Pro-Choice Caucus leaders have 'serious reservations' on abortion compromise

The Senate's healthcare bill is cause for "serious reservations," the leaders of the Congressional Pro-Choice Caucus warned Saturday.

Reps. Diana DeGette (D-Colo.) and Louise M. Slaughter (D-N.Y.), the co-chairwomen of the abortion-rights caucus, stopped short of saying they would oppose the Senate bill's abortion language as similarly-aligned groups have.

"As the Co-Chairs of the Congressional Pro-Choice Caucus, we have serious reservations about the abortion provision included in the U.S. Senate’s health care bill," the lawmakers said.

"This provision is not only offensive to people who believe in choice, but it is also possibly unconstitutional," DeGette and Slaughter added. "As we have maintained throughout this process, health care reform should not be misused to take away access to health care."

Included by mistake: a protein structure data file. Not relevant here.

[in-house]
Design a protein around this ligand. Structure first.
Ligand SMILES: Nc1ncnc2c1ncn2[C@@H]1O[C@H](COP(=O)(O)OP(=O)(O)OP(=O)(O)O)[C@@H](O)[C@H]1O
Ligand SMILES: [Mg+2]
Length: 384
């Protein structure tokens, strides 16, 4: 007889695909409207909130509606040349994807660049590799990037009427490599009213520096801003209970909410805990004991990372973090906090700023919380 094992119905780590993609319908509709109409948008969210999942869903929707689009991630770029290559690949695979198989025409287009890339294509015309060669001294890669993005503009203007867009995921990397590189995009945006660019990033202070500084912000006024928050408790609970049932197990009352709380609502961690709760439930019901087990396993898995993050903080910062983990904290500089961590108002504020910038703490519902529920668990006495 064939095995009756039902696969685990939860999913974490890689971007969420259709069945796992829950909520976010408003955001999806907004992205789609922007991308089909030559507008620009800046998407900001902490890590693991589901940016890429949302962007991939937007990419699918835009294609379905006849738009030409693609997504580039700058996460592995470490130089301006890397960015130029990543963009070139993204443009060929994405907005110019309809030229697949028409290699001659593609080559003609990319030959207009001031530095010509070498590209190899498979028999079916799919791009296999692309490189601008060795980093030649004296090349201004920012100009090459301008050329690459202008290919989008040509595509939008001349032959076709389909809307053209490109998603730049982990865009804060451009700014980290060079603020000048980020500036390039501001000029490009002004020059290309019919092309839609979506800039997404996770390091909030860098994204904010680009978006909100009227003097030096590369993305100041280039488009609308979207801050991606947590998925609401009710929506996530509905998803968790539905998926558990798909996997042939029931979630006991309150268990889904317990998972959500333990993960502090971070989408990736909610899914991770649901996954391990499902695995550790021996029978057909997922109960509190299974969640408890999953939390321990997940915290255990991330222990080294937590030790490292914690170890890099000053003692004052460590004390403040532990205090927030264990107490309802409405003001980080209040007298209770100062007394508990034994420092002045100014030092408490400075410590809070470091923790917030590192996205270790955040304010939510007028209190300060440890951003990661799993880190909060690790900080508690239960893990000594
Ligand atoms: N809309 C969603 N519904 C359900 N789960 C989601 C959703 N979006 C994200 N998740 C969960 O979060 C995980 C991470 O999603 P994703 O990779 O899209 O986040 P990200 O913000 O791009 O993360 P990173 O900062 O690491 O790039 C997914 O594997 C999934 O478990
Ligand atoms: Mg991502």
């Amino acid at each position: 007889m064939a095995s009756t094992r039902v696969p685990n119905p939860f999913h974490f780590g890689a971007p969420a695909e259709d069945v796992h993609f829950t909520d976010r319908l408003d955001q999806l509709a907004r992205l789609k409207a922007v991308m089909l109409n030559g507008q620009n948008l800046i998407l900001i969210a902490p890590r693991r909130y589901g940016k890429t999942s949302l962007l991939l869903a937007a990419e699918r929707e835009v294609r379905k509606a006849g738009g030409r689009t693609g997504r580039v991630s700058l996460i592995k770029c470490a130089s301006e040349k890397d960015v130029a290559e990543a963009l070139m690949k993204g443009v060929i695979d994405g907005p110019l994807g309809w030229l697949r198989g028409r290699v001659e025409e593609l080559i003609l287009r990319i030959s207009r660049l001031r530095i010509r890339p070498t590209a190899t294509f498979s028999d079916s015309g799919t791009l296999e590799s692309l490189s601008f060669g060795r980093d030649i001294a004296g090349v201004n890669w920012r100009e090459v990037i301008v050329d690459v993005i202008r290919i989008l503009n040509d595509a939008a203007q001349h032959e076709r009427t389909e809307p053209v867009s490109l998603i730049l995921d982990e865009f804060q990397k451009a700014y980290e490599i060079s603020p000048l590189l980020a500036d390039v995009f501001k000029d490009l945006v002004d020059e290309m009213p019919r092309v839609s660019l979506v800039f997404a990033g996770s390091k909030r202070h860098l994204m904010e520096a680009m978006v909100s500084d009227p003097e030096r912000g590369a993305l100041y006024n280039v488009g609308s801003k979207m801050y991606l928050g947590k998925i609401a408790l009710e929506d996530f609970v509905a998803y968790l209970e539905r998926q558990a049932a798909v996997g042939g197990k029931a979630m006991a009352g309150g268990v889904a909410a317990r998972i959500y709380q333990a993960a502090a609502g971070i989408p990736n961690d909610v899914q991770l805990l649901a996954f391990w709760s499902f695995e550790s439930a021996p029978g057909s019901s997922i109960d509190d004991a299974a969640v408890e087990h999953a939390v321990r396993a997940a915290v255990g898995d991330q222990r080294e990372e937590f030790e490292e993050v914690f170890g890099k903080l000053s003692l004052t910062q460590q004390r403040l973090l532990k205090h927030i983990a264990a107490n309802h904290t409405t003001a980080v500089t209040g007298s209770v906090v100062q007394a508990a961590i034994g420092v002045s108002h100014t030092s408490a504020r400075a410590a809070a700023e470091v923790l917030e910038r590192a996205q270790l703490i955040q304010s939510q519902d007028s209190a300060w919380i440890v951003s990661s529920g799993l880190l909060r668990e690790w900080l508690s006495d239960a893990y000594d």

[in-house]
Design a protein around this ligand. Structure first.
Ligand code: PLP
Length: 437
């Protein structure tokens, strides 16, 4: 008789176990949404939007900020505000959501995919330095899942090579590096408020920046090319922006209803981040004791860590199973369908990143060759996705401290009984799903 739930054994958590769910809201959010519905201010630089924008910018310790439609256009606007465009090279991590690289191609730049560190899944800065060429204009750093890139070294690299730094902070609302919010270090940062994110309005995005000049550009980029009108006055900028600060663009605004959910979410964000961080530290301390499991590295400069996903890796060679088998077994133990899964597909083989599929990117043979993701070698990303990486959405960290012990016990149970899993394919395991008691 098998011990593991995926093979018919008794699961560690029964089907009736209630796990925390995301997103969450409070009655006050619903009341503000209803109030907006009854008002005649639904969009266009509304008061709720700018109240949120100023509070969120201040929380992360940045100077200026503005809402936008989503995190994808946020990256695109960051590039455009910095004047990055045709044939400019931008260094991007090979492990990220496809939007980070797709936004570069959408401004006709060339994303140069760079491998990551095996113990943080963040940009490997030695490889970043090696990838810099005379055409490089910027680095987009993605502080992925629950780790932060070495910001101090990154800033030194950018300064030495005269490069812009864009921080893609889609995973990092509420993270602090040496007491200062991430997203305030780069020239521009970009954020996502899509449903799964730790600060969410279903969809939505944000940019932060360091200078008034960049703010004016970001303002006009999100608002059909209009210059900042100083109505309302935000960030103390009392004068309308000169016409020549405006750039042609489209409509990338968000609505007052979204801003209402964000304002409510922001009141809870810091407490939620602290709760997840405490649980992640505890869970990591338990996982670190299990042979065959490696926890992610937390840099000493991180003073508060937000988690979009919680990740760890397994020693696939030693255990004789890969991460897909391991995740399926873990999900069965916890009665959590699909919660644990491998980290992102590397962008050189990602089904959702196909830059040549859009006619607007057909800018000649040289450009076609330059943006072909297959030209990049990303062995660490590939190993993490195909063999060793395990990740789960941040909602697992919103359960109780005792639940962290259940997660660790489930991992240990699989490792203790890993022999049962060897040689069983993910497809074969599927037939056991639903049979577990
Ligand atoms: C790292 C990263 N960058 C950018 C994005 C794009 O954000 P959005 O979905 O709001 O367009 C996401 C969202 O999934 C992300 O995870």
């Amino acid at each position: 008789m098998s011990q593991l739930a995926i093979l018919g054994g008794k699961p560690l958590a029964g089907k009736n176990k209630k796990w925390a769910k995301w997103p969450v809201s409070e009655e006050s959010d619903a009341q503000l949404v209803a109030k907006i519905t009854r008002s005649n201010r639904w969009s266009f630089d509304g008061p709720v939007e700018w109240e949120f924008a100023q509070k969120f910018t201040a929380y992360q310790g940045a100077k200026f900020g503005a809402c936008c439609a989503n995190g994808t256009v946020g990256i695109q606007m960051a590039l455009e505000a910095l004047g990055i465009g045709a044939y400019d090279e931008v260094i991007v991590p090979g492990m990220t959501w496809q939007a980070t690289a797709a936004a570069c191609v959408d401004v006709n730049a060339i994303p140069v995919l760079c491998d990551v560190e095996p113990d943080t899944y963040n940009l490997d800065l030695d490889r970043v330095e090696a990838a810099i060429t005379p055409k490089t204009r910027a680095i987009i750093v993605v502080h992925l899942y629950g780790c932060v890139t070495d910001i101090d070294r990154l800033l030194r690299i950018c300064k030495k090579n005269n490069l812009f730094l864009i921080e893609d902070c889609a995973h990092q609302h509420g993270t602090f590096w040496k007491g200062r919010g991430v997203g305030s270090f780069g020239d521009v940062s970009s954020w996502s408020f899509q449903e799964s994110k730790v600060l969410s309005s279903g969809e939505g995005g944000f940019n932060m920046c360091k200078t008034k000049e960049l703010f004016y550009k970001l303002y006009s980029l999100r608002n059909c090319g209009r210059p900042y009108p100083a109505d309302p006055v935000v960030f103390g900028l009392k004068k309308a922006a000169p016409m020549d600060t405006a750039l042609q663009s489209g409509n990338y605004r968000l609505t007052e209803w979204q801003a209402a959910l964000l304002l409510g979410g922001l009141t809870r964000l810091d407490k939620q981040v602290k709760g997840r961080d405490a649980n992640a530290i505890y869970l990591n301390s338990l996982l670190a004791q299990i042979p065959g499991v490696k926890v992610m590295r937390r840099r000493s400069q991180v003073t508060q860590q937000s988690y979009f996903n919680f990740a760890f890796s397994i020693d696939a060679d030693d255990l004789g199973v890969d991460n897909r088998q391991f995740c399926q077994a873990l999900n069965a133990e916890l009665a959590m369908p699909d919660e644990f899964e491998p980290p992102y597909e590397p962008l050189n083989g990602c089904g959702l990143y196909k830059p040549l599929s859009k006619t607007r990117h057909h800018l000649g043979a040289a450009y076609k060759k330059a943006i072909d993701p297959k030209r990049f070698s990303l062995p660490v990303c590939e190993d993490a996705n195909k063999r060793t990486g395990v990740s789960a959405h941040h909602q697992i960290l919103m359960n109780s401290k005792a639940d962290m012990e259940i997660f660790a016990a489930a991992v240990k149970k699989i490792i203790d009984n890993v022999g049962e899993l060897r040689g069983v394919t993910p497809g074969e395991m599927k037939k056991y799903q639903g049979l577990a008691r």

Groups supporting abortion rights, such as the National Organization for Women, Planned Parenthood, and the Center for Reproductive Rights have urged lawmakers to oppose the Senate bill, which was modified on Saturday to curtail federal support for abortion.

The Senate compromise, which seeks to segregate federal dollars from subsidizing the purchase of healthcare plans covering abortion, was included in the manager's amendment Senate Majority Leader Harry Reid (D-Nev.) introduced to the Senate healthcare bill this morning. The compromise was intended to win the vote of Sen. Ben Nelson (D-Neb.) in order to secure 60 votes to end debate and pass the health reform package.

Republicans and abortion-rights opponents strongly criticized the provision as failing to prevent federal support for pregnancy terminations, making for an unusual alliance with opponents of abortion rights. In addition, Rep. Bart Stupak (D-Mich.), the lawmaker who introduced similar restrictions in the House, said the Senate's language didn't go far enough to curtail support for abortions.

DeGette and Slaughter had previously warned that if the final healthcare bill were to include restrictions on abortion spending, they would lead the Pro-Choice Caucus against the bill.

"The more than 190-member Caucus will review this language carefully as we move forward on health care reform," the two said.

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